Thursday, March 29, 2007

Victim's Gold Stars: Under and Over

I haven't yet completed my run of 2006 viewings (I still have Days of Glory, The Good German, The Painted Veil and possibly Curse of the Golden Flower to catch at the cinema, as well as Requiem and possibly a few others, if I get them, on DVD), but I figured I should get the ball rolling as soon as possible, with all the free time I have at the moment (not that I have nothing to do, you understand, but it's hardly fun stuff)- and so, I bring you what I've cheesily called Victim's Gold Stars (mainly because, the more I thought about it, the VAMPs (Victim's Annual Movie Prizes) just sounded wrong), and, in their opening post, I'm going to name ten films, which were neither the best nor the worst of the year- they were, in fact, the most under- and over-appreciated films of 2006.

The Overappreciated

(Clockwise from top left) The Last King of Scotland was widely praised for its superb performances, from the towering figure of Forest Whitaker to the briefly-featured Gillian Anderson, but, despite them, the film descending into a delirious mess that assaults the viewer rather than getting under their skin. The film starts out well but totally loses control in the second half, every worst instinct possible being employed- worst of all, it decides that it must be a thriller, diluting the political dissections that were promisingly dangled before you. The Queen, meanwhile, was another film about a country's leader with praised performances, but a second viewing showed just how surface the enterprise was, how off-key Helen Mirren often was, and how, ultimately, the film never said much at all.

Pan's Labyrinth is a dazzling visual feast (although a few members of an audience found the faun hilarious) but its twin threads of reality and fantasy have serious problems twinning themselves together, existing as separate entities with no relation for most of the film and then never clearing their existance (or not) up. And most of the actors struggle to inject personality into their stereotypical and charged characters. Sacha Baron Cohen had no such trouble in Borat: Cultural Learnings of America for Make Benefit Glorious Nation of Kazakhstan, but the film failed to say much about America or society, or anything, really, and for all Cohen's committed hijinks, the film barely raised a chuckle, at least in me (and the sparse audience I was part of). And finally, and worst of all, Dreamgirls, a superbly costumed but inert piece of musical drama, was most damned by its director, Bill Condon, whose repeated use of montage left the actors floundering, trying and mostly (with the exception of Eddie Murphy, of all people) failing to make anything at all of their characters.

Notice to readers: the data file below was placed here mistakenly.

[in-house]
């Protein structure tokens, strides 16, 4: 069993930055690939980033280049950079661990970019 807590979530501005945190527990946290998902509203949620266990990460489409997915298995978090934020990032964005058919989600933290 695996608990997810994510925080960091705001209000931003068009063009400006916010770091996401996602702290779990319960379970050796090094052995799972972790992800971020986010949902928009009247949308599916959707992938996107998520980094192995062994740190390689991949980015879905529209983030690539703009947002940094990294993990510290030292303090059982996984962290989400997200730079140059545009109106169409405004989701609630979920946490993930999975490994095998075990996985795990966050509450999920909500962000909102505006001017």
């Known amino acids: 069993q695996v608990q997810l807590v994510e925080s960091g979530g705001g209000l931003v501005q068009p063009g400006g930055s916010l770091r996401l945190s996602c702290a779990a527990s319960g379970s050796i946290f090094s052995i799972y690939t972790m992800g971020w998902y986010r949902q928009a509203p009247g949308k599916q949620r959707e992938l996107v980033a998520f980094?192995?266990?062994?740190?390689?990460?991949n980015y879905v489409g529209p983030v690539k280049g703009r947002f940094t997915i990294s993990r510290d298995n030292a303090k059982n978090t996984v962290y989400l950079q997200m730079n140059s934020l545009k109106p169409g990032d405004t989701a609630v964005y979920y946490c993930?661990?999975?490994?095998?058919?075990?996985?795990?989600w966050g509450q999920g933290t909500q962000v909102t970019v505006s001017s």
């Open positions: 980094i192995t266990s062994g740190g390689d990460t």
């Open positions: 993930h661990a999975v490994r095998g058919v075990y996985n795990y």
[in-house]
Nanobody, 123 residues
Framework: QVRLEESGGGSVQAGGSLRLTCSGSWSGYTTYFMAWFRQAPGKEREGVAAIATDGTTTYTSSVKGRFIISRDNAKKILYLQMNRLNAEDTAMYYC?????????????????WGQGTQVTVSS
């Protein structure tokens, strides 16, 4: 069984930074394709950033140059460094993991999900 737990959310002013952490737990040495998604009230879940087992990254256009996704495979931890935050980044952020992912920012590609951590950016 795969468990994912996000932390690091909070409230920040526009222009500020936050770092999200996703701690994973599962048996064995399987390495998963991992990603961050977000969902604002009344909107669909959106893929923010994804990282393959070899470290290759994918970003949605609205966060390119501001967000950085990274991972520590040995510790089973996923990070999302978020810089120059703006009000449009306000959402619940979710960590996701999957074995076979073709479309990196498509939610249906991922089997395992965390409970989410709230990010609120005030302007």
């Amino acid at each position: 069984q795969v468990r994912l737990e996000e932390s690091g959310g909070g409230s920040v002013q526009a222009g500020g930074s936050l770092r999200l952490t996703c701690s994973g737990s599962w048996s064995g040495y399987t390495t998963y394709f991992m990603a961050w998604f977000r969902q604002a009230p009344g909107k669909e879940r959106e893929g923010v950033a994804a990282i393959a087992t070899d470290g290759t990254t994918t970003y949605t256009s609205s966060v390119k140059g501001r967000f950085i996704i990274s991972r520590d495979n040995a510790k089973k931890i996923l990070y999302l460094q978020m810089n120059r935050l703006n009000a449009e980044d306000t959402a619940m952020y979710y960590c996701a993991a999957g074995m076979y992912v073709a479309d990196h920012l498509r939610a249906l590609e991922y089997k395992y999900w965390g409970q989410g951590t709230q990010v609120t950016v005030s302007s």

The Underappreciated

(Clockwise from top left) Slither was simply a highly entertaining b-movie, a film that knew its own stupidity and deftly played up to it, mixing truly nasty sights with deliriously corny dialogue and charismatic, well-cast actors. And, unlike Snakes on a Plane, it was both well-produced and funny. Poseidon, that most slammed of remakes, may have had some silly dialogue, but it was simply amazing to watch (especially on an IMAX screen), thanks to the stunning production design, hued photography and crashing sounds.

Factory Girl, perhaps the very last release of the year, only got press because people thought Sienna Miller and Hayden Christensen were really doing it (they weren't, apparently), which is a shame, because this is a solid little movie, one that plays up to the characters' shallowness- it's a intentionally superficial movie about unintentionally superficial people, and, while that understandably limits it at points, the acting, particularly on the side of Guy Pearce (as Andy Warhol) and Miller herself, makes it a surprisingly poignant meditation on a life both barely lived and enjoyed to the full.

Wah-Wah never even seemed to surface of America, and enjoyed the briefest of appearances in Britain, but it's a sweet little movie, set in '60s Swaziland as the country is about to gain independance from Britain, and seen through the eyes of a teenager (Nicholas Hoult) as his parents (Gabriel Byrne and Miranda Richardson) go through a divorce and his father remarries an American (Emily Watson)- and it's the latter figure who, mocking the British formality, provides the title. The film is hardly revelatory, but it's smartly acted and entertaining- which is a perfect description for the last mention in this category, and the best: Mission: Impossible III. Tom Cruise may have gone off-the-wall, but he's perfectly watchable here- however, what I loved about this was its emphasis on the team he gathers, from the genial Ving Rhames to the Irish Jonathan Rhys-Meyers to the sexy Maggie Q. J.J.Abrams directs with his usual sleek, shiny touch, providing expected but exciting pleasures with aplomb.


J.D. Judge said...


I actually didn't expect ANYONE to get Dear Frankie. It's one of the most underseen films in recent years, and I thought it was excellent.

Congratulations!!!! You win, um... credit? Here ya go!

DL said...

Yes! Slither is very underappreciated. It's not really a good movie per se, just a whole lot of fun. Have you seen The Descent yet though? Because that was definitely the horror movie event of last year (and also very underappreciated.)